We sold our bus! Yep, that’s right. We passed our bus onto a nice family of five children in Alabama in 2009. We receive a LOT of visits from schoolie enthusiasts out there. Our five years of owning our schoolie was a great adventure. So, we’ve kept this webpage live for all of you who’d like to enjoy our story.
This is a long page with a lot of pictures, so be patient as it downloads.
Chapters of Our Adventure
1. The Bus Adventure
2. Our Purchase
3. Clean Up
4. Initial Prep Work
5. Waiting for Paint
6. Layout & Design
7. Registration and Licensing
8. Harvesting from Old Camper
9. Initial Carpentry
10. Closet & Heater
12. Painting the Top
13. Painting the Rest
14. Finished! (For now)
16. First Time Out
18. Air Conditioner
19. Outings With Our Bus
This Web page is for more than just family; this is for bus enthusiasts, too, who take on the brave world of bus renovation. Our family is a BIG family. At the time that I am creating this Web page, our 11th is on his way (Due June 5, 2004). We already can’t imagine life without the bus. The joys it has given and the bonds it has established has been a gift from God, and I am enthusiastic about sharing this blessing with you. Enjoy these pics, and I’d love to hear from you!
We started looking for busses in ’03 when we had the Heppner Family from Minnesota come to visit us. They had 11 of their 16 kids with them, and DuWayne let me cruise his Blue Bird around. We test drove some great busses since then, this one being from Rocky Mountain Bus in Monument, Colorado. We didn’t buy it, but this picture represents the enthusiasm we were enjoying.
Here’s the bus we did end up buying. We found it parked behind Monument Charter School. The school did not wish to hold onto it anymore, since leasing from the area public school was more economical. Specs:
After a few tours around town and grabbing the attention and curiosity of our neighbors, we began the hefty job of cleaning out our new project. The kids all joined in…
Though Colorado allows RV busses to be yellow, we wanted to color the bus the same color as our house. I did quite a bit of research, since this was the first time I ever painted a vehicle. While I had to wait for warm weather to do the fun job of painting, prep was done in the cool of Colorado winter.
|Those of you who are interested in doing this kind of thing will find comfort that this job isn’t as daunting as you might think. I pretty much just sanded along with the palm sander, using plain paper for the knicks and crannies. It was messy, but simple.|
I used one of those eraser pads with an air tool. I bought them for $12 each at a local paint shop, but you can find them much cheaper at eBay. I went through four pads total to get all the lettering off, and resorted to a 6″ rotary sander for the last two letters. The eraser went much smoother! And the kids liked to help…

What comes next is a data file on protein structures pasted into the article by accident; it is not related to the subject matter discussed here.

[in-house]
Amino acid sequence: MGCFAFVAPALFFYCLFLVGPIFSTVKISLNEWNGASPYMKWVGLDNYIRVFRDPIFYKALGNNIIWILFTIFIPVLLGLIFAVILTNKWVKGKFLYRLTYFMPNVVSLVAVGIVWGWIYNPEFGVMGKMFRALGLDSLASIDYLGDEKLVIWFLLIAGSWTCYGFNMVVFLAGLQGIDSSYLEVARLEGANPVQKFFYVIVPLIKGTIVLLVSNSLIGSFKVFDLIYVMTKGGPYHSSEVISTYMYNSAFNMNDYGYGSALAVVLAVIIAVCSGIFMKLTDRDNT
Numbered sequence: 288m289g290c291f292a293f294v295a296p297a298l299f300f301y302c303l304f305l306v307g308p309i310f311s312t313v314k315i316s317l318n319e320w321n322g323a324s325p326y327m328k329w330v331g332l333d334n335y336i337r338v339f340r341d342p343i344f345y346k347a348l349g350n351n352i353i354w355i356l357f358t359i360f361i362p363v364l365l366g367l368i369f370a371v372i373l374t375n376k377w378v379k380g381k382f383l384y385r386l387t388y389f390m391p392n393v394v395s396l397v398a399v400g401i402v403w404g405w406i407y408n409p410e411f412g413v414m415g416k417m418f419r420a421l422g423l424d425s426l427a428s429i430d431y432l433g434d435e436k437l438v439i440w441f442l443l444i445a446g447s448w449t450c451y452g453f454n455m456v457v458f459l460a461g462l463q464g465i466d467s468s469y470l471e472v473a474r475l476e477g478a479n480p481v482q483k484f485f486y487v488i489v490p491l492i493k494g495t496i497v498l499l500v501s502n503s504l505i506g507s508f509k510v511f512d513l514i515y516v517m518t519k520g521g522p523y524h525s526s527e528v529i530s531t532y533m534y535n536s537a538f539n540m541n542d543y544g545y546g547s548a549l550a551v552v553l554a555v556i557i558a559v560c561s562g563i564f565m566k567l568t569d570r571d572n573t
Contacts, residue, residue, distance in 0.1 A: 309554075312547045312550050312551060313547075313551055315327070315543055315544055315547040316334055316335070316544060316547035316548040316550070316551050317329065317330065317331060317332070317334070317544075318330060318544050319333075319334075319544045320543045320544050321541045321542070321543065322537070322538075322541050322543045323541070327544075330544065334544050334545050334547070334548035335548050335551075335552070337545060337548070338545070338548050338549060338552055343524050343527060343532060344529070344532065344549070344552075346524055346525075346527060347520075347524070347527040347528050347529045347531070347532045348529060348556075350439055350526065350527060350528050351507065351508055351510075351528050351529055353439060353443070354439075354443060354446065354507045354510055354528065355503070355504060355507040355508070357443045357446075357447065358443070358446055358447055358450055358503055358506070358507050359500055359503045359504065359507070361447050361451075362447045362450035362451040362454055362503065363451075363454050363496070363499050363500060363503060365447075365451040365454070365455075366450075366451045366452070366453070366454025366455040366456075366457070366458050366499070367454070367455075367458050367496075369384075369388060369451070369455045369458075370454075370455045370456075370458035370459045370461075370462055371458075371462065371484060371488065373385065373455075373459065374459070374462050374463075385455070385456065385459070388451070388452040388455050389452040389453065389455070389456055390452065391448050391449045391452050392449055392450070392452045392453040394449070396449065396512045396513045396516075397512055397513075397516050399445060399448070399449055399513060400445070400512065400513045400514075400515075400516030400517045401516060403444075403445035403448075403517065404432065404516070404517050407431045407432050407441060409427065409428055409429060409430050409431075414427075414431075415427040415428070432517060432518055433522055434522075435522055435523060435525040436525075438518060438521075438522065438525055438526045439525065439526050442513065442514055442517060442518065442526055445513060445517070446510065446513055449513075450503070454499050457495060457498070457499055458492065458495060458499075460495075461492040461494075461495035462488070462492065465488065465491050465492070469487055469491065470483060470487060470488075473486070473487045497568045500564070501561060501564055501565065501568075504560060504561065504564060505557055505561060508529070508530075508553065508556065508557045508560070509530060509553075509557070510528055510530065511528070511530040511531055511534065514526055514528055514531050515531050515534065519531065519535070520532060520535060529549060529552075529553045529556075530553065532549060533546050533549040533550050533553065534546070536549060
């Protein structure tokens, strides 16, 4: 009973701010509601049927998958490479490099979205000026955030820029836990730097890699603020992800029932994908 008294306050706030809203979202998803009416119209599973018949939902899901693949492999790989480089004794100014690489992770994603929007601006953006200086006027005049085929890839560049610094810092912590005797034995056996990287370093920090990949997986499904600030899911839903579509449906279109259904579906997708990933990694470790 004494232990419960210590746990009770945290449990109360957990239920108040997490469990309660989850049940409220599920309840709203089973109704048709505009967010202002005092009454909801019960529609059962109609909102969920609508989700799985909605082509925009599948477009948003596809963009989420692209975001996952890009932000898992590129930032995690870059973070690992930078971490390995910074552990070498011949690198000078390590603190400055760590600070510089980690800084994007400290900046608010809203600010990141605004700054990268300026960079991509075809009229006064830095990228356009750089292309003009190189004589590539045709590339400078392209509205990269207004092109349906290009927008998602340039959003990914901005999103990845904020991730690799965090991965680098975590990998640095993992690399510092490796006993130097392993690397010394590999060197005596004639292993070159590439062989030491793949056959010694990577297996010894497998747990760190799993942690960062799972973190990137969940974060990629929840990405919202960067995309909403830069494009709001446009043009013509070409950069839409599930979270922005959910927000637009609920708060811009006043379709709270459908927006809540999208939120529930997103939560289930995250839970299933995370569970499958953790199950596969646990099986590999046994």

We couldn’t paint until the weather got comfortably above 55 degrees, so that encouraged us to tackle the inside projects. We took out all the seats and stacked them up on the side of our house. (Sorry neighbors, only temporarily, and we live in the country anyway.) The bus looked much different when we had it all done.
With the bus now empty, I jumped on my computer and tried to figure out a floor plan. I ordered a bunch of books ($200 worth!) of bus conversion layouts and how-to manuals. They were very helpful and worth every penny. I also subscribed to Bus Conversions Magazine. Even though this magazine is full of decked out coaches, it has a lot of great ideas and tidbits for the “schoolie” owner.
I used a layout-and-design program (Adobe PageMaker) to draw to-size boxes and such. I do not recommend this program; I ended up resorting to plain-old graph paper anyway. Here is a drawing:
I ended up veering from this original plan, and this was a recommendation from one of the books I read. As with many building projects, it is good to start with a well-thought plan, but remain flexible enough to make necessary changes. After I visited the Department of Motor Vehicles, I learned that I needed to gain 4 of 6 items to convert to an RV. Since we will primarily be using this to camp in rather than live in, we decided to not put in a toilet. No biggie, just a small modification to the plans and I was back on track.
And now I should take some time to talk about what many of us nuts who decide to buy a cheap bus to convert to an RV never think about before they do: the government. The DMV has their special requirements in Colorado, and from what I read, every state has their different requirements. And all states require insurance, but not all auto insurance companies will cover conversions. I had the following to-do list before I could register my bus:
- Get insurance. My Farmers Insurance laughed at me before telling me that they would not insure my bus, but I found that GMAC offers a great plan. I talked with a lady and got everything going in less than a half hour. For $300 a year (not too bad!) I received basic collision insurance.
- Get the emissions checked. This is mostly for western states, but Colorado requires it. $15 at a local place.
- Get a VIN (Vehicle Identification Number). This is a $5 inspection from a local gas station.
- Get a Certified Weight Slip. I drove to a local landscaping place with a big weighing scale, and for $5 got this done.
- Cover 4 of 6 conversion requirements. The DMV didn’t know much about it, and they had to dig in a bunch of file cabinets to find a form that gave me these requirements:
- Cooking facilities
- Refrigeration or ice box
- Self-contained toilet
- Heating and/or air conditioning
- A potable water supply system including a faucet and sink
- Separate 110-125 volt electric power supply and/or LP gas supply
I decided not to go with the toilet or refrigerator. I’d recommend you pay your DMV a visit. They’re nice folks whose eyes will get real wide when you tell them you’re converting a school bus into an RV. They’ll laugh a little, too, but then they’ll get this wonderful look on their faces before they say, “Wow, that’s a great idea!”
Take a look at this ugly thing! Actually, this was a blessing from my friend Scott. He was selling some land and heard of my bus-converting adventure. He and I took a Saturday morning road trip down south and pulled this thing home. He gave it to me for free! Well, actually, we got pulled over for having 1997 plates and had to pay a fine. So, this trailer turned out to be $87.50.